(I admit, this is very contrived, but hopefully it's still obvious what we're talking about here.)
In this case, the programmer can use the word DISTINCT to specify this:
SELECT departure_day_of_week, AVG(DISTINCT flight_miles) FROM flights WHERE (origin = 'SFO' AND destination = 'SAT') OR (destination = 'SFO' AND origin = 'SAT') GROUP BY departure_day_of_week
This adds a small additional wrinkle into the query execution, as we need to ensure that we can refine the results to consider each unique combination of destination_day_of_week and flight_miles only once.
Derby accomplishes this by including the DISTINCT aggregate column into the sorting process, so that the rows are sorted by the compound key (departure_day_of_week, flight_miles). This way, all the rows which continue duplicate values for this pair of columns arrive together, and we can consider only the first such row and discard the others.
When I re-wrote the GROUP BY engine as part of DERBY-3002, I considered this problem, and implemented it, but I made a mistake. Note that, above, I observed that "the columns used to sort the records are exactly the columns used to group the results". However, with DISTINCT aggregates, this isn't precisely true, as there is one extra column in the sort key (the DISTINCT aggregate column) which isn't used to group the results, just to sort them.
In DERBY-3002, I handled that special case by: after the sort, but before the grouping pass, I removed the DISTINCT aggregate column from the sort key.
This worked, but ...
For most queries, the natural flow of query execution processes each intermediate result once. This is efficient and so the database works hard to do this whenever possible.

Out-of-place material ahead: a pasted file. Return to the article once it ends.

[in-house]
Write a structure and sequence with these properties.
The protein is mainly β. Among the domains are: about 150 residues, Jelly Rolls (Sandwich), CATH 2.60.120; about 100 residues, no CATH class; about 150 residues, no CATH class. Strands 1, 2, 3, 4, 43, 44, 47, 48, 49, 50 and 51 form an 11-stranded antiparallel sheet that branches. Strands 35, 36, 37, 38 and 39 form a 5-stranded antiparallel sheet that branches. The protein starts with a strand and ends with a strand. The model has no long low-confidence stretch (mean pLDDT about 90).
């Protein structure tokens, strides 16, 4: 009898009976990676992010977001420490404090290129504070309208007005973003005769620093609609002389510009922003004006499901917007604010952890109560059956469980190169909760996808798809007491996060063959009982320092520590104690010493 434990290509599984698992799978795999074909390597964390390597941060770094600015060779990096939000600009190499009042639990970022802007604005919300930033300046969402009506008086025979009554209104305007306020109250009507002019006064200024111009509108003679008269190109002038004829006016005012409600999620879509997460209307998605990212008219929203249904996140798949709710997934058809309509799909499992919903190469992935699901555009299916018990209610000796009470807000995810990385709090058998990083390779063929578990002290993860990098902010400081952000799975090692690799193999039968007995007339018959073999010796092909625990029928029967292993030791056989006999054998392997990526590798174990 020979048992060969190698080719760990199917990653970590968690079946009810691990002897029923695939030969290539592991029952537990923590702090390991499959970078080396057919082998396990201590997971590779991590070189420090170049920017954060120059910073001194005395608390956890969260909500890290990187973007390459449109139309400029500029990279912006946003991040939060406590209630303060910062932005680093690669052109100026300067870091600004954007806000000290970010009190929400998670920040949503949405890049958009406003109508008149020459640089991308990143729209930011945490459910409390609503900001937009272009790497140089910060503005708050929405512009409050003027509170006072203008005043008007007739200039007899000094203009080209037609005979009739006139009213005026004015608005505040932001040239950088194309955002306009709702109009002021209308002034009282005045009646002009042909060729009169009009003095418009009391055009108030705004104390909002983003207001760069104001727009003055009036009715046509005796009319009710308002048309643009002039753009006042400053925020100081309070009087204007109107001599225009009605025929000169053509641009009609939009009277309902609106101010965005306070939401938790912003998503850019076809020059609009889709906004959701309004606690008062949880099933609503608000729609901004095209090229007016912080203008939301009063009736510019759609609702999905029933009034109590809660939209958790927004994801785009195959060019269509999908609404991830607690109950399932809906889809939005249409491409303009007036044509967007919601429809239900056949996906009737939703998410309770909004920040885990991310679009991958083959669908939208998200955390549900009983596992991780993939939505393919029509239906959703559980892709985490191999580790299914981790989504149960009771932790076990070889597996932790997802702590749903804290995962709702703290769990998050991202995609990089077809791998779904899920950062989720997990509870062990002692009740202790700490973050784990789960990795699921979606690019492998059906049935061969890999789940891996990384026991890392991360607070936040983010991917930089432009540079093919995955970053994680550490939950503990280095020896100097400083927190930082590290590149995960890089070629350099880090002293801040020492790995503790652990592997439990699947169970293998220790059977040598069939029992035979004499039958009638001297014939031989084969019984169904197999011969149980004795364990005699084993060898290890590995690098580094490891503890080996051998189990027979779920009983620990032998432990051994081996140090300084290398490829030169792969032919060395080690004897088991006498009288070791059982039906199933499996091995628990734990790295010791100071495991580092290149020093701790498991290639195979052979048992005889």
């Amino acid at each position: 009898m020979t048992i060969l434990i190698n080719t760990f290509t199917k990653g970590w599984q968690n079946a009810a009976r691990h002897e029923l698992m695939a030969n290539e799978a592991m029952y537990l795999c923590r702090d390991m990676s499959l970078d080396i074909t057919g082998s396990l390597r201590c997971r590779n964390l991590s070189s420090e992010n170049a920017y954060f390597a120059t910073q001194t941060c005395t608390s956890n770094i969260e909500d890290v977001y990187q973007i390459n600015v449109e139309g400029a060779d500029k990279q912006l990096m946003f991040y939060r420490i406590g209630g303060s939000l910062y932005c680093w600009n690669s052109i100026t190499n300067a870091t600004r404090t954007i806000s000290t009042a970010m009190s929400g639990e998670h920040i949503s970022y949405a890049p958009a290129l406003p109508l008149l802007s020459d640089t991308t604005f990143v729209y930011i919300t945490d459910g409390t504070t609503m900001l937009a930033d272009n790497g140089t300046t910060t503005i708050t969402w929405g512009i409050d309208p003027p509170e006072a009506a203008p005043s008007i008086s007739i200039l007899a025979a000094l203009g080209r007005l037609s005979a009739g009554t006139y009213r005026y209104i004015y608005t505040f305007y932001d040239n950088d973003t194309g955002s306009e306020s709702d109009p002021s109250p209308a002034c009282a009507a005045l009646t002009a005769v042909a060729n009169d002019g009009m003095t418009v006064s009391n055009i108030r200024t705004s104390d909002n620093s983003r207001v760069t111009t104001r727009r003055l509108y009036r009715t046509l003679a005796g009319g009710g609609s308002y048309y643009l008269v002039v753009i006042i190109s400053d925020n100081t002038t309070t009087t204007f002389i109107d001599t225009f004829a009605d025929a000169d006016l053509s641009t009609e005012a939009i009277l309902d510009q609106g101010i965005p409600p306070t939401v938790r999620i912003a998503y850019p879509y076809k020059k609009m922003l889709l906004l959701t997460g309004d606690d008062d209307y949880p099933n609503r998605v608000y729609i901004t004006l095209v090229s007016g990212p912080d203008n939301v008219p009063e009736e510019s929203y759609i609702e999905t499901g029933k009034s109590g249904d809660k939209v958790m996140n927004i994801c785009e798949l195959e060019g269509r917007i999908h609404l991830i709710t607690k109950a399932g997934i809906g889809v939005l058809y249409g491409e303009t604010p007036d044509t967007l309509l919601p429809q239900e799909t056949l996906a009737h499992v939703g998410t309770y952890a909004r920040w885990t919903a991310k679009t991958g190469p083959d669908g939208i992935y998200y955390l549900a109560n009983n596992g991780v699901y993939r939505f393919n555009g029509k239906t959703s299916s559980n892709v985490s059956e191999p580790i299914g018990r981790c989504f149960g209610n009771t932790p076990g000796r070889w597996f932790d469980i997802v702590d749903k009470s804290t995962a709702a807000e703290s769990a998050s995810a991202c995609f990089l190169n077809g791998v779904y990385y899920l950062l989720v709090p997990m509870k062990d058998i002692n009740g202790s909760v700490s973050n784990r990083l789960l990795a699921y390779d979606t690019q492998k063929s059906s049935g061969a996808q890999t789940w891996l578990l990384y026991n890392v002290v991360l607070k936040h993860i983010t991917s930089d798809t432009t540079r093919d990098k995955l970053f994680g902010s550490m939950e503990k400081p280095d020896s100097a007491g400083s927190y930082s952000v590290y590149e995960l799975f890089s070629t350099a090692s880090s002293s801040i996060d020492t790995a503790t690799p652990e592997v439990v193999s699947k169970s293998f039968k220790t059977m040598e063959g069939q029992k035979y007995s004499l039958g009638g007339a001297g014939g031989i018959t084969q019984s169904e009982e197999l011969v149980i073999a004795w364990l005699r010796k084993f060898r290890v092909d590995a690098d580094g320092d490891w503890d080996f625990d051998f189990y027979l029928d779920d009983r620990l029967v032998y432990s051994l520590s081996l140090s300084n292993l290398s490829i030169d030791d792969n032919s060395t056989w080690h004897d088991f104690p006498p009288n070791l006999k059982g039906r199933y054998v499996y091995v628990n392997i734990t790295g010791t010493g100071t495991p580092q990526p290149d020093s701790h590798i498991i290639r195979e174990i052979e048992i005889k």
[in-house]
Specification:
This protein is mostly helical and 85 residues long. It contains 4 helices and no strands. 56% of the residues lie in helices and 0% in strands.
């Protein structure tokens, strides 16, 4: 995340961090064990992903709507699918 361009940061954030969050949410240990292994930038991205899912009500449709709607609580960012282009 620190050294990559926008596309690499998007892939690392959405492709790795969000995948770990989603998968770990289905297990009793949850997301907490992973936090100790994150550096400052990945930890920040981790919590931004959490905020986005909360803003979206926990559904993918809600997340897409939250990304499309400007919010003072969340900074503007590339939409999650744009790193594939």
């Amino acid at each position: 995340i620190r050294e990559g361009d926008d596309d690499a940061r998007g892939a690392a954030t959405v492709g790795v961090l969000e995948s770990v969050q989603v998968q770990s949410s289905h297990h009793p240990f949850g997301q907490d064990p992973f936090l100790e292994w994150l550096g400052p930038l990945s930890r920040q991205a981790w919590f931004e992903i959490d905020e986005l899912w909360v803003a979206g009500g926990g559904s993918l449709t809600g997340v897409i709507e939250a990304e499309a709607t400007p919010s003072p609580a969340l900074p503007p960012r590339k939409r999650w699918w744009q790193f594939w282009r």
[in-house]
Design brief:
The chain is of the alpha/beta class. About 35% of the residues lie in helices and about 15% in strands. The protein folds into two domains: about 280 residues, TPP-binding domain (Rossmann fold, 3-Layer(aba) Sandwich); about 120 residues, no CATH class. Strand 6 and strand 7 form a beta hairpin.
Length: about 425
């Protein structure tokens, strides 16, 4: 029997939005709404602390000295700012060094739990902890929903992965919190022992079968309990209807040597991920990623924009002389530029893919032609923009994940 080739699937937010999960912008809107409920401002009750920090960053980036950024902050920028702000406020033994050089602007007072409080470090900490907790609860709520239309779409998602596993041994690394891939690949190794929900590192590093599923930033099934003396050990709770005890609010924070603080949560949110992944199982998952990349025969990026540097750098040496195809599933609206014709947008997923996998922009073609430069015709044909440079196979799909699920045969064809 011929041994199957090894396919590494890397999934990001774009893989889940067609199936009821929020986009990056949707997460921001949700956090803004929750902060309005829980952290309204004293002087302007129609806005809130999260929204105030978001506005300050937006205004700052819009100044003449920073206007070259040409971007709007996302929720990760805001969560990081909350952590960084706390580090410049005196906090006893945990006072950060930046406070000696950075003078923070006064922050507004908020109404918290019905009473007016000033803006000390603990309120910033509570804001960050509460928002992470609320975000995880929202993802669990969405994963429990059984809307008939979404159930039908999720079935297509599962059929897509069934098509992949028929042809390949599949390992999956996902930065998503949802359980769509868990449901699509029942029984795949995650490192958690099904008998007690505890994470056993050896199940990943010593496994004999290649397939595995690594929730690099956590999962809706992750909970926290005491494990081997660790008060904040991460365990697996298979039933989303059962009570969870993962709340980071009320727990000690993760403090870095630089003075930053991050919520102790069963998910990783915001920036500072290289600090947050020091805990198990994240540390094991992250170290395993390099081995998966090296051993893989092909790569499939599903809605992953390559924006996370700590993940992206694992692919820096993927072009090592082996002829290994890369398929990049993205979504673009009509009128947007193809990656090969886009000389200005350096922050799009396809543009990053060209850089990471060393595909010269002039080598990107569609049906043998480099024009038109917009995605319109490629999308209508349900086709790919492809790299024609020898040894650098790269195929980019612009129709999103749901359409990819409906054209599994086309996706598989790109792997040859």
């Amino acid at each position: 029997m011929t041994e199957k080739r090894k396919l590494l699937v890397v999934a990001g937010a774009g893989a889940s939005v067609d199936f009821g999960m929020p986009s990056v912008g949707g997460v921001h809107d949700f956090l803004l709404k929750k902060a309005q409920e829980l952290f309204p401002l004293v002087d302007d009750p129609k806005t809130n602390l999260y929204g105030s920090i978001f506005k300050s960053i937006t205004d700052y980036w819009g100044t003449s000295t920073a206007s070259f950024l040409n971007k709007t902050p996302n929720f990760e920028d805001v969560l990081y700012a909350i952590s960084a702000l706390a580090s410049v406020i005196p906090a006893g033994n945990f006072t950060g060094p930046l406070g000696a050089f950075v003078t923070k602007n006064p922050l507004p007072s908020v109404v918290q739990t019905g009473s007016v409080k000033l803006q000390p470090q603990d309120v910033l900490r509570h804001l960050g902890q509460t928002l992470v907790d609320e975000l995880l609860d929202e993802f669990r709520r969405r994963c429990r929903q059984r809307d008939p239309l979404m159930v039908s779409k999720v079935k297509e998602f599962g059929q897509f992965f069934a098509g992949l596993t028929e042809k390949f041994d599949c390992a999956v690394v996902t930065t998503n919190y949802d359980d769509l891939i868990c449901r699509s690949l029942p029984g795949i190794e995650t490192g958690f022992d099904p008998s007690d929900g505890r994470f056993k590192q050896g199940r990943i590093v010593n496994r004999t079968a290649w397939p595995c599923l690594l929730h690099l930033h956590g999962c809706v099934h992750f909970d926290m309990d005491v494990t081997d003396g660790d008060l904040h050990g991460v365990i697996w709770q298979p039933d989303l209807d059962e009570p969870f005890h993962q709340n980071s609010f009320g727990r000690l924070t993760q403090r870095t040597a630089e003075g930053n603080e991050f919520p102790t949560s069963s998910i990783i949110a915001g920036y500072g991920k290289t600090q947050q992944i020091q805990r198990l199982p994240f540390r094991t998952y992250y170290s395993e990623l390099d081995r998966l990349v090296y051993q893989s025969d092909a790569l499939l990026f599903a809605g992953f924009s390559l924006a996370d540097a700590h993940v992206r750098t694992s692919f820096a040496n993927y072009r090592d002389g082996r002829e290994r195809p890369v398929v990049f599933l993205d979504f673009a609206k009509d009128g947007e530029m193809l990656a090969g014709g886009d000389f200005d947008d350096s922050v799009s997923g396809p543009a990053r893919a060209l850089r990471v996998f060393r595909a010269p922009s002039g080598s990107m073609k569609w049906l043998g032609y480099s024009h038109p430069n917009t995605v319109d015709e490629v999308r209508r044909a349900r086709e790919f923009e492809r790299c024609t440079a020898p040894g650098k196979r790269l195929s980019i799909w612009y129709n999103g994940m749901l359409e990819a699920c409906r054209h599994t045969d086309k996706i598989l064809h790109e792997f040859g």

However, there are some cases in which an intermediate result must be processed multiple times. One example is the so-called "Cartesian Product" query:
SELECT a.*, b.* FROM a, b
In this query, the database produces all possible combinations of rows from tables a and b: for each row in table a, and each row in table b, there is a row in the result containing those values from a's row and b's row.
In such a query, Derby uses a brute force technique and simply implements the query as: for each row in a, read each row of b, and emit the values.
This means that we read the inner table (table b), multiple times, once per row in table a.
This was where my bug came in: it is possible that the inner table is a GROUP BY query of its own, which includes a DISTINCT aggreate.
When this happens, my code that removed the DISTINCT aggregate column from the sort key was causing problems. The first time we read the inner table, everything was fine, but then the next time, the ordering/grouping/sorting columns were all messed up (I removed the column from the key, but didn't add it back for the next go-round).
In DERBY-5584, you can see a clear and simple example of a query which demonstrates the bug.
The fix, I believe, is that instead of physically removing the column from the sort key, we need to instead teach the grouping logic that it may need to consider only a leading subset of the columns in the sort key as the grouping column.
I've implemented that change and am hoping it solves the bug.